08-29-2008, 02:13 PM
Some of those comments are just absurd. I'll tell you why the browns Season Ticket
Waiting List is "undisclosed." Because there is no waiting list. I could call up today and
get season tickets.

Oh, and... :brownssuck
That is true. Screw the Clowns.

SteelTorch
08-29-2008, 02:17 PM
Let's be honest here - was there ever any doubt in the first place? :tt2 :tt1 :Beer



The Bengaloids will counter this by saying we're all band-wagoners - mark my words. :wink:

NKySteeler
08-29-2008, 02:23 PM
No team is as woven into the fabric of a city. The organization's stability has a lot to do with it, as generations of Steelers fans relate to the tradition of ownership (Rooneys), smashmouth football, quality head coaches (league-low three since 1969) and success (five Super Bowl titles). The season-ticket waiting list is extremely long and the consecutive sellout streak of 299 games, including playoffs, is unbelievable.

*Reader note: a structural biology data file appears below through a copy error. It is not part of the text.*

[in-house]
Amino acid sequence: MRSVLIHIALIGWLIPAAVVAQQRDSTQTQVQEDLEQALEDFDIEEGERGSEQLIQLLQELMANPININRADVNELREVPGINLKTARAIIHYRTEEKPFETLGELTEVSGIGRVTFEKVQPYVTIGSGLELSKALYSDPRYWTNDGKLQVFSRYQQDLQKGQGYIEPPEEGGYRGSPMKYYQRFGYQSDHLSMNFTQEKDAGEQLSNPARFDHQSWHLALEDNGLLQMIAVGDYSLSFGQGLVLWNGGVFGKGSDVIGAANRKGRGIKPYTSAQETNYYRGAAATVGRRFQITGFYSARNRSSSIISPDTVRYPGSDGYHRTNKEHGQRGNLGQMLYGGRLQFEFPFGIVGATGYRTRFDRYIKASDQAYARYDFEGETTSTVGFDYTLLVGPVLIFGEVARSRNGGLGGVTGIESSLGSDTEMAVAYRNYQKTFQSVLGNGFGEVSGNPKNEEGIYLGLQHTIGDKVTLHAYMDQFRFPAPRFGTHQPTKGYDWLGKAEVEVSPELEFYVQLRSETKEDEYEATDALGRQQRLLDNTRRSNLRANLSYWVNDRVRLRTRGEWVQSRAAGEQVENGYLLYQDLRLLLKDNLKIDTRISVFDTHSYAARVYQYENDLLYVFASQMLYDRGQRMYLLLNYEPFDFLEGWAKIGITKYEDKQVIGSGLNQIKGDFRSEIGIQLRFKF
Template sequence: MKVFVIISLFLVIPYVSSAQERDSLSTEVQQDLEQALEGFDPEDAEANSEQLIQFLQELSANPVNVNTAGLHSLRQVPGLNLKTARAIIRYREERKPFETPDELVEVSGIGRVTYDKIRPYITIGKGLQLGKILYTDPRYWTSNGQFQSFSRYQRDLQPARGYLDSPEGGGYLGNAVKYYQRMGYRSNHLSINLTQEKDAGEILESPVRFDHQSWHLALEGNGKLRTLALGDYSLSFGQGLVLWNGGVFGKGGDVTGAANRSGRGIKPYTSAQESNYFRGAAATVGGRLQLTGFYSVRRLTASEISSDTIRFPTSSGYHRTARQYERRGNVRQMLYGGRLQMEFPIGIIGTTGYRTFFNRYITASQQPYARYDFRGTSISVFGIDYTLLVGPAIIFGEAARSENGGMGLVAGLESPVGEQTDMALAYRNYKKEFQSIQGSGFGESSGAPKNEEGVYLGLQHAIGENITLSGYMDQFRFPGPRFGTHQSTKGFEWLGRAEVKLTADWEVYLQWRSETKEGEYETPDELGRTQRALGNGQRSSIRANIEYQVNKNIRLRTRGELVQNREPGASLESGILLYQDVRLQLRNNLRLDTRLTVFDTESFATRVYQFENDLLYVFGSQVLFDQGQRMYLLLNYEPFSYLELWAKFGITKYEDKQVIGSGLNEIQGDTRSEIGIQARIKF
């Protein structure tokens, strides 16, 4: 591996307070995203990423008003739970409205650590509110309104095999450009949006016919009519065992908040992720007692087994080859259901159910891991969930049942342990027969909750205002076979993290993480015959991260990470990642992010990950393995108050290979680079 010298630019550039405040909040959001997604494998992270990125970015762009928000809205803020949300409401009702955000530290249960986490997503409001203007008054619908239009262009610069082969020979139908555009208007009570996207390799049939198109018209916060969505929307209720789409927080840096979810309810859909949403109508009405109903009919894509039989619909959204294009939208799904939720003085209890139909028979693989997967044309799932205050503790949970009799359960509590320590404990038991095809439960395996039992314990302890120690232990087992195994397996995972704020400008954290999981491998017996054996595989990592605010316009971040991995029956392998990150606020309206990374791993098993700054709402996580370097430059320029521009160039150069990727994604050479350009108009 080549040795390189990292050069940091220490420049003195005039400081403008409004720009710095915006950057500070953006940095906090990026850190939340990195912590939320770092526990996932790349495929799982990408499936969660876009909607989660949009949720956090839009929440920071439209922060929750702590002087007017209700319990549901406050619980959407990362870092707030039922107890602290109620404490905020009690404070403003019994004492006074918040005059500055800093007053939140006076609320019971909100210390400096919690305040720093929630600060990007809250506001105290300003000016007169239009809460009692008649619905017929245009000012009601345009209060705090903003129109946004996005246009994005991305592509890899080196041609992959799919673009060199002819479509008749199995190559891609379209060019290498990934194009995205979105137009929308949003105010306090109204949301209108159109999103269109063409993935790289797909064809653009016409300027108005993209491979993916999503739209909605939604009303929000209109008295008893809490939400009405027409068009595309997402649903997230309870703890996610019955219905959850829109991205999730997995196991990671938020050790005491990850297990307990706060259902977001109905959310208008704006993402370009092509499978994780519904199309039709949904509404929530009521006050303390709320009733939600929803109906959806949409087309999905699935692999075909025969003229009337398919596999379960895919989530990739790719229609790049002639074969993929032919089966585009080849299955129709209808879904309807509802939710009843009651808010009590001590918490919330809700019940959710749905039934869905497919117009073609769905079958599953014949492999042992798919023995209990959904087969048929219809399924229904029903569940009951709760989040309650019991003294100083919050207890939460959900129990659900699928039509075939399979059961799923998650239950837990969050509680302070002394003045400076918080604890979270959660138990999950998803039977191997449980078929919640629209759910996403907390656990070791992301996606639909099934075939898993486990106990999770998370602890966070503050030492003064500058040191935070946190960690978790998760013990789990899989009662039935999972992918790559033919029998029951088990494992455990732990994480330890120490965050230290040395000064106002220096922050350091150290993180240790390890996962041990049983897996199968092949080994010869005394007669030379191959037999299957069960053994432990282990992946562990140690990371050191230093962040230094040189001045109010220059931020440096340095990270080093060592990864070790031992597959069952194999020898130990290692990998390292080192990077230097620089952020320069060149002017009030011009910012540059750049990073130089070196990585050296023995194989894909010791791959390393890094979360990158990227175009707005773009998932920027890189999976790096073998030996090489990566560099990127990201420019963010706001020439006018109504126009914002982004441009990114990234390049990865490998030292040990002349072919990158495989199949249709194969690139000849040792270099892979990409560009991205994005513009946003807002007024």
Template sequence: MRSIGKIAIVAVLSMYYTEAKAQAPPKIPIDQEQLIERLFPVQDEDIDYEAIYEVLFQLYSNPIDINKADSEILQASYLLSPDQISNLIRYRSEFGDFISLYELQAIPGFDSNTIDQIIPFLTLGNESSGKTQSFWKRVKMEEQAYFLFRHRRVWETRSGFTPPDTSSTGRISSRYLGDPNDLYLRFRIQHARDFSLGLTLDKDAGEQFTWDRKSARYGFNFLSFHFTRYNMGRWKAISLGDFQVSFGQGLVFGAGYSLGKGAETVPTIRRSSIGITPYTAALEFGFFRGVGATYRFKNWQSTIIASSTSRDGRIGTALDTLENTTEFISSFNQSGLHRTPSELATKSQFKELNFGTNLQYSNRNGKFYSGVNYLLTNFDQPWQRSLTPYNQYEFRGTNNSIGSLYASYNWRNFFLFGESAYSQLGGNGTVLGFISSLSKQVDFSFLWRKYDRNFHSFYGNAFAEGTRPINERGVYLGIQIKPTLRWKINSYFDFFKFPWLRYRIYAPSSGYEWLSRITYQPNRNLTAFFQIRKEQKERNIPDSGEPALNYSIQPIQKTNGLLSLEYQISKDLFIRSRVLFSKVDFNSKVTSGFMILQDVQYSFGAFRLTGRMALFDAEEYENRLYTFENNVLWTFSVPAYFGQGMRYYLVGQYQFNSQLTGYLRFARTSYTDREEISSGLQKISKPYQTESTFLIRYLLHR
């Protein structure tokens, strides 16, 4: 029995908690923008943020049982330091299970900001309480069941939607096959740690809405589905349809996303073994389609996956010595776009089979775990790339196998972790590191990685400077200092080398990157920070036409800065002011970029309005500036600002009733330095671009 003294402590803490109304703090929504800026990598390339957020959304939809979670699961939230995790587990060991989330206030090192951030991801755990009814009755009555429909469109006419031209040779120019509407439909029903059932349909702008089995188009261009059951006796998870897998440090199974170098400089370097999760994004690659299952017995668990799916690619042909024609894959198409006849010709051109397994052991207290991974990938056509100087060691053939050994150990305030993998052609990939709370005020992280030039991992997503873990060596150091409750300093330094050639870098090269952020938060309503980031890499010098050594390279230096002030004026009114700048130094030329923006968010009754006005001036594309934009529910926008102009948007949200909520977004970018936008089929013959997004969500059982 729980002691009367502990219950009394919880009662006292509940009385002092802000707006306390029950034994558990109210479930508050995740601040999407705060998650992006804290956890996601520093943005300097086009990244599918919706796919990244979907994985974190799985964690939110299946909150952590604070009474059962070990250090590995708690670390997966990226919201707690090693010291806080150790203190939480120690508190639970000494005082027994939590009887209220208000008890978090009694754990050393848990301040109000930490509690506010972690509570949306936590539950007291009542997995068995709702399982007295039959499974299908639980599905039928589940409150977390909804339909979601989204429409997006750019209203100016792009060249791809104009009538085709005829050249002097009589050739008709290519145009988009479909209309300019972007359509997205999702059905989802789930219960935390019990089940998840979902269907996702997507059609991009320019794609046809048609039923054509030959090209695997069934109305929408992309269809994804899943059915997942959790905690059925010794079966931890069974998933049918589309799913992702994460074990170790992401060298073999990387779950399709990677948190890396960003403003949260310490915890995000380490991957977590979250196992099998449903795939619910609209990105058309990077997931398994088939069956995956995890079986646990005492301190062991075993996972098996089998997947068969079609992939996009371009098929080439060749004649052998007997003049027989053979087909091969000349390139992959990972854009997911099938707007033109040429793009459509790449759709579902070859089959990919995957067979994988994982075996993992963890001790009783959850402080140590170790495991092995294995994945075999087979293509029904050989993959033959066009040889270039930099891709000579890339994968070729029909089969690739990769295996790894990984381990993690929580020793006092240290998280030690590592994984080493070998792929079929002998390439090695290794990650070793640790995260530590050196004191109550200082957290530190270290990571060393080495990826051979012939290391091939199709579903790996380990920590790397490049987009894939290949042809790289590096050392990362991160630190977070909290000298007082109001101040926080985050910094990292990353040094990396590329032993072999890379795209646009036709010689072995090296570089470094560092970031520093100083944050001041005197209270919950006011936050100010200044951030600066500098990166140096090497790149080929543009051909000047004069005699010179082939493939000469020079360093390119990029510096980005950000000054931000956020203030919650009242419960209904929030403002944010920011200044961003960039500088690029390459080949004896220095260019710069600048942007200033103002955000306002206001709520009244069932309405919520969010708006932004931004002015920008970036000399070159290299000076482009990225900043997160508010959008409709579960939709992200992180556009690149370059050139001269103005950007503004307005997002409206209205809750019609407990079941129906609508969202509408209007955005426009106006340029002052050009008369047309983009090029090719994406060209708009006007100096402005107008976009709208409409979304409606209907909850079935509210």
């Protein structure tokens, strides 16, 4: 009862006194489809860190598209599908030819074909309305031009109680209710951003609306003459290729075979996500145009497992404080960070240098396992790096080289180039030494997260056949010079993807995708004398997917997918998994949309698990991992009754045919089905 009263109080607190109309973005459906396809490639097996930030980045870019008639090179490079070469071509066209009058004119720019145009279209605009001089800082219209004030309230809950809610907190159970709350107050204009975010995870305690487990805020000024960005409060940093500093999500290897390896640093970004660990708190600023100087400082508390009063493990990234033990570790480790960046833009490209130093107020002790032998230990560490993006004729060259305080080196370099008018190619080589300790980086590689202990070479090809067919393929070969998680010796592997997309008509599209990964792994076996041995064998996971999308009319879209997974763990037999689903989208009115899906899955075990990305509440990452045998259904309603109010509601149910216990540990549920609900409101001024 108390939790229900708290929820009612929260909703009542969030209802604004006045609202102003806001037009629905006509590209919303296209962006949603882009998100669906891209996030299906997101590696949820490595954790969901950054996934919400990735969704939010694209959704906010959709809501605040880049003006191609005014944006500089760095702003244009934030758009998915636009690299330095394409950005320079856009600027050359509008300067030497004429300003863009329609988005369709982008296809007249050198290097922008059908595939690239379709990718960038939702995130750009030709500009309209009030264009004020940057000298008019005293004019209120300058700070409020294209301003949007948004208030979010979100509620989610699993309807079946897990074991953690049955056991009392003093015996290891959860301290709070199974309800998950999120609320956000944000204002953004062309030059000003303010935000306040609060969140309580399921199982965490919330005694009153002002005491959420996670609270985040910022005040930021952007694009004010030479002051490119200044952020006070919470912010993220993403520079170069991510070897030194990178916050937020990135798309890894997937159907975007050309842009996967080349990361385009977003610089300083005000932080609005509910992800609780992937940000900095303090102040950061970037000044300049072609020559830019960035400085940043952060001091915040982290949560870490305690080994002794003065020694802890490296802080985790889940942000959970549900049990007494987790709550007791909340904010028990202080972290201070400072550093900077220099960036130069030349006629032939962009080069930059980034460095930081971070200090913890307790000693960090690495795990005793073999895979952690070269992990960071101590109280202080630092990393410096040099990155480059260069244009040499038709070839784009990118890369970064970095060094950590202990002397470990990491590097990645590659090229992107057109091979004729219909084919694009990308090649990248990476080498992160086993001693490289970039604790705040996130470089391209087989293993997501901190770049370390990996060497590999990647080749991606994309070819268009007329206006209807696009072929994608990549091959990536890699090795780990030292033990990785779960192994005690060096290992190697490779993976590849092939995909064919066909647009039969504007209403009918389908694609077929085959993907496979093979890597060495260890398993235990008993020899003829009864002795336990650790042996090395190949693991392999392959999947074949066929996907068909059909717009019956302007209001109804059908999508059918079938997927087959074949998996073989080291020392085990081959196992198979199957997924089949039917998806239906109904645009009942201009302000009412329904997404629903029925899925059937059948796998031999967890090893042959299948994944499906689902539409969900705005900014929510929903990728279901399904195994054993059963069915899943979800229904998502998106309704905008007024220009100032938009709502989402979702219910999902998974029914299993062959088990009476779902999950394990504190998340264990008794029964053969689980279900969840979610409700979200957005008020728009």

... Agreed about the Rooneys.

... I believe every home game since the Immaculate Reception has been a sell-out.

SteelerNation1
08-29-2008, 02:26 PM
... I believe every home game since the Immaculate Reception has been a sell-out.
True. That is just sick. I think it has to be more than 299 though. I mean 35 years x 8 games a year is...nevermind, just checked it with a calculator.

anger 82&95
08-29-2008, 03:12 PM
Just reinforces the obvious, Steeler fans are in a different league. One argument I do have with this article is Denver’s placement on the list. In my personal experience I have found Bronco fans to be somewhat psychotic in their faith.

Shawn
08-29-2008, 04:57 PM
Some of those comments are just absurd. I'll tell you why the browns Season Ticket
Waiting List is "undisclosed." Because there is no waiting list. I could call up today and